the committee reviewed studies of any human populations—including veterans—that had been exposed to the agent of concern at any dose. These studies come primarily from occupational, clinical, and healthy volunteer settings.

The committee began its task by talking with representatives of veterans’ organizations, as an understanding of the veterans’ experiences and perspectives is an important point of departure for a credible scientific review. The committee opened several of its meetings to veterans and other interested individuals. The committee held a scientific workshop and two public meetings. It also received information in written form from veteran organizations, veterans, and other interested persons who made the committee aware of their experiences or their health status and provided information about research. This process provided valuable information about the Gulf War experience and helped the committee to identify the health issues of concern.

The committee and staff reviewed more than 10,000 abstracts of scientific and medical articles related to the agents selected for study and then carefully examined the full text of over 1,000 peer-reviewed journal articles, many of which are described in this report. For each agent, the committee determined—to the extent that available published scientific data permitted meaningful determinations—the strength of the evidence for associations between exposure to the agent and adverse health effects. Because of the general lack of exposure measurements in veterans (with some exceptions), the committee reviewed studies of other populations known to be exposed to the agents of interest. These include uranium-processing workers, individuals who may have been exposed to sarin as a result of terrorist activity (e.g., the sarin attacks in Japan), healthy volunteers (including military populations), and clinical populations (e.g., patients with myasthenia gravis treated with PB). By studying health effects in these populations, the committee could decide, in some cases, whether the putative agents could be associated with adverse health outcomes. The committee’s judgments have both quantitative and qualitative aspects, and reflect the evidence and the approach taken to evaluate that evidence. The committee’s methodology draws from the work of previous IOM committees and their reports on vaccine safety (IOM, 1991, 1994a), herbicides used in Vietnam (IOM, 1994b, 1996, 1999), and indoor pollutants related to asthma (IOM, 2000).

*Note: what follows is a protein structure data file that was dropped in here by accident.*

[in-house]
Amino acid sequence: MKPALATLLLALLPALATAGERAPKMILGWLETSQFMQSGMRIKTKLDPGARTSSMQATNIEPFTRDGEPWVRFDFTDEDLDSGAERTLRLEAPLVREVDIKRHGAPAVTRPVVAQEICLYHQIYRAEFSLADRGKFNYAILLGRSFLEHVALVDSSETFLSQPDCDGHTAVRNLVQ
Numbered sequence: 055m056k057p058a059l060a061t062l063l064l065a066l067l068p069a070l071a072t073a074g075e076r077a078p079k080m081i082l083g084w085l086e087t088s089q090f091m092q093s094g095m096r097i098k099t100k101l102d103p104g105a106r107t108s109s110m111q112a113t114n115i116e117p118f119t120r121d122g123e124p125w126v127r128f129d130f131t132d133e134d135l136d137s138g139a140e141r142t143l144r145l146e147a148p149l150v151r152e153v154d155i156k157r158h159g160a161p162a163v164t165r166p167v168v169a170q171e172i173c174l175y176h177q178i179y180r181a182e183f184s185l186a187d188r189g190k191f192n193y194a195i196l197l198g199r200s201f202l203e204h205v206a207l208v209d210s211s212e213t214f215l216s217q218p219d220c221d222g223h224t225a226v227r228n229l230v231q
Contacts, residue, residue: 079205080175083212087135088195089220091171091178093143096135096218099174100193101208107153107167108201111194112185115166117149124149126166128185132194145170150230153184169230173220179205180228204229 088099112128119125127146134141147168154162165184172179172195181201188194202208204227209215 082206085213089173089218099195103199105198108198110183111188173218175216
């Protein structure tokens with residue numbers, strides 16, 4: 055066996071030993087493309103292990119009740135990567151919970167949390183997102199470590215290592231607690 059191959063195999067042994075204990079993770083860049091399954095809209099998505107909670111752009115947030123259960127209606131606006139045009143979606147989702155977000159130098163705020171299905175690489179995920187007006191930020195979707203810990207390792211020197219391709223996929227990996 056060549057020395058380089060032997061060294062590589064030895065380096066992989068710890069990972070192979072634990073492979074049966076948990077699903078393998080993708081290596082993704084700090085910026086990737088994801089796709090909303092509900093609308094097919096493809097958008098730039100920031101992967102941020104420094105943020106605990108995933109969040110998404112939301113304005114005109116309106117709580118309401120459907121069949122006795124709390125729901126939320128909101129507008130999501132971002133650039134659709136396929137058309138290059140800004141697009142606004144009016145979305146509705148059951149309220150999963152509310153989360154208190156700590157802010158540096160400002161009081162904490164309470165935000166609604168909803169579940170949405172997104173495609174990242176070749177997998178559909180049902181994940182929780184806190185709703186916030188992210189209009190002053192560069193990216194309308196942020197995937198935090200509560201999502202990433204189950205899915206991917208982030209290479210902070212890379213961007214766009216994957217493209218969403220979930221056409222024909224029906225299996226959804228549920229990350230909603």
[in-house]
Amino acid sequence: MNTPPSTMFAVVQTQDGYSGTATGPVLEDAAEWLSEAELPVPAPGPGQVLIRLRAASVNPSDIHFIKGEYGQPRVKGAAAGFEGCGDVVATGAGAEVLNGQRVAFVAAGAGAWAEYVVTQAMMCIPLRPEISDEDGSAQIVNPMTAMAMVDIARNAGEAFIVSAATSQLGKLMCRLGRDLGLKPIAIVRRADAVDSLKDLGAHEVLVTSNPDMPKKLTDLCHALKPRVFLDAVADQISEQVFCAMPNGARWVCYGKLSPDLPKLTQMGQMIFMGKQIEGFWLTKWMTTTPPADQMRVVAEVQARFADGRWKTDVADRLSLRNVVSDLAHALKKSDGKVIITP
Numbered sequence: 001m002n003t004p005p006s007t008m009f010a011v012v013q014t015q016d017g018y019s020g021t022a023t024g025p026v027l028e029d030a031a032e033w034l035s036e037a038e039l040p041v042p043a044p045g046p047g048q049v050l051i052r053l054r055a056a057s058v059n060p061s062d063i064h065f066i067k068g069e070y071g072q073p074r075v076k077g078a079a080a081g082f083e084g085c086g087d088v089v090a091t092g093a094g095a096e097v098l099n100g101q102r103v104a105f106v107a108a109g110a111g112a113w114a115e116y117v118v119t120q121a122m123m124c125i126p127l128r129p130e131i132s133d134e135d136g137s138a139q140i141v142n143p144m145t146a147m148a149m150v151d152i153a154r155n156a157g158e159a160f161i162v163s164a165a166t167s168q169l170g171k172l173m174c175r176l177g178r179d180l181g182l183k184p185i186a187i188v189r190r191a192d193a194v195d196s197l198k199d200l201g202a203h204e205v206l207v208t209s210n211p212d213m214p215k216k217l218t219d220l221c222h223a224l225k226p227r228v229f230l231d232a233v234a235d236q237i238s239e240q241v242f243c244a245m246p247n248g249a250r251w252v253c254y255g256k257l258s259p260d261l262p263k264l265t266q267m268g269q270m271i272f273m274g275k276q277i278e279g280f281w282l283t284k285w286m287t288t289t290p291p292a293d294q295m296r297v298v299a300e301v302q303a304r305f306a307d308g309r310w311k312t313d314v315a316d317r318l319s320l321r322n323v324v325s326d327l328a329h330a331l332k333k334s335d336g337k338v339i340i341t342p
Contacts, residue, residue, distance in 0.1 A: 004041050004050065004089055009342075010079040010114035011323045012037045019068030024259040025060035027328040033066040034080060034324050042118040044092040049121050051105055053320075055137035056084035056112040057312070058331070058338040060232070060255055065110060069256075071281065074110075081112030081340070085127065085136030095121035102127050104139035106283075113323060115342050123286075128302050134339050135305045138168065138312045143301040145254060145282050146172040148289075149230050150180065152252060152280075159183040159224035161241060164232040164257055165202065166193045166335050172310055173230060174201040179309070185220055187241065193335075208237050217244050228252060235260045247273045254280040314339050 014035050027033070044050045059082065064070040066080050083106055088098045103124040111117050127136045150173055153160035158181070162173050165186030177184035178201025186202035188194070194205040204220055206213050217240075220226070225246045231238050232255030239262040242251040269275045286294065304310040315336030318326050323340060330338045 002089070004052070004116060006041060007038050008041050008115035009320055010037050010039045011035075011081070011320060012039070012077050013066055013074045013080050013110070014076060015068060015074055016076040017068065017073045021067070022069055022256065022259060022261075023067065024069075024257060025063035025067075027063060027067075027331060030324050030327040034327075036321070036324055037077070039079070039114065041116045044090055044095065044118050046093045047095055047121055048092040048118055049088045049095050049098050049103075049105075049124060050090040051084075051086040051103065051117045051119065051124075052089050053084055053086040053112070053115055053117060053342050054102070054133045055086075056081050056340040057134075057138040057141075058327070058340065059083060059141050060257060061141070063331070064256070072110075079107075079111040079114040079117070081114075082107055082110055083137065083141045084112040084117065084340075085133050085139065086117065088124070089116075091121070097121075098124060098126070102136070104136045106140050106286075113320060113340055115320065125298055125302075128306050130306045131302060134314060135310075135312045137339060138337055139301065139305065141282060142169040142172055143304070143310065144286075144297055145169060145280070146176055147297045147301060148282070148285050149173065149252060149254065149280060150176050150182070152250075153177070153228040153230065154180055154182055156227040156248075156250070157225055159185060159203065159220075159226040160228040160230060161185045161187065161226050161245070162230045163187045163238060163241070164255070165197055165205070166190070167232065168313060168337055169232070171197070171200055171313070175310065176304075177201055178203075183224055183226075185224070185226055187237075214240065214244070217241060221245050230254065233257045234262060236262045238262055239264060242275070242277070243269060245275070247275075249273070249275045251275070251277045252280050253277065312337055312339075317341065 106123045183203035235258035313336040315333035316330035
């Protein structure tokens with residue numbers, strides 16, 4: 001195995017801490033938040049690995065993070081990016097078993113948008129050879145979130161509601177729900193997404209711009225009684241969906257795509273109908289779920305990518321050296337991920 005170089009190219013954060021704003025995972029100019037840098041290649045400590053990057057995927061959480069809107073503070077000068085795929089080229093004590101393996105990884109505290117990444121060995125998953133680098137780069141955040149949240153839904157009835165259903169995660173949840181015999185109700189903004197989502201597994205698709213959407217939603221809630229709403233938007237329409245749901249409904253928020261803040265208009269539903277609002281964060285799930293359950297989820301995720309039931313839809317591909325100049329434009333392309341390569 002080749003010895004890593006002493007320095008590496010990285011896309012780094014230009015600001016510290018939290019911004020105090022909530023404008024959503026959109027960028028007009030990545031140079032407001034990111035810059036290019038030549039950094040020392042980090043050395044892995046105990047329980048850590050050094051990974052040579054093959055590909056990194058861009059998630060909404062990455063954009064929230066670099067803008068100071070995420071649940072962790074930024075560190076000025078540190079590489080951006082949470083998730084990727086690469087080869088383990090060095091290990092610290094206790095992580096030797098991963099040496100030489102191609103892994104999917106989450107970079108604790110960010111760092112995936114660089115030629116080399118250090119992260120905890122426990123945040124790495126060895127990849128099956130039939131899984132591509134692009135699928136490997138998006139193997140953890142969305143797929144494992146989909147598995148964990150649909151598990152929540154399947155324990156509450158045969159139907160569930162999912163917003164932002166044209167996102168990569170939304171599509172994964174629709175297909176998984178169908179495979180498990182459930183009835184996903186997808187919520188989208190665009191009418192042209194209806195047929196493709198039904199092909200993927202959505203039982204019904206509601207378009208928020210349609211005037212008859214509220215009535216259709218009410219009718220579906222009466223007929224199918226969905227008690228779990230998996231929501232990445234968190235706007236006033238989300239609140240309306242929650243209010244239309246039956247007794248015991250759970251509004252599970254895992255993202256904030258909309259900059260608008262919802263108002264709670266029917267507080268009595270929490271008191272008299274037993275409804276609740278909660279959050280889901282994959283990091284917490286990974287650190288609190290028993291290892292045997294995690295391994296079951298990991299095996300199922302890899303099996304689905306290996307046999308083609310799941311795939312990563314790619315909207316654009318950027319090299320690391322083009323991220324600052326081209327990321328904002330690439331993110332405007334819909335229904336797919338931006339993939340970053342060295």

The committee adopted a policy of using only peer-reviewed published literature to form its conclusions. It did not collect original data or perform any secondary data analysis. Although the process of peer review by fellow professionals—which is one of the hallmarks of modern science—is the best assurance that a study has reached valid conclusions, peer review does not guarantee the validity or generalizability of a study. Accordingly, committee members read each research article critically. The committee used only peer-reviewed publications in forming its conclusions about the degree of association between exposure to a particular agent and adverse health effects. However, this report describes some non-peer-reviewed publications, which provided background information for the committee and raised issues that will require further research. In their evaluation of individual research articles, committee members

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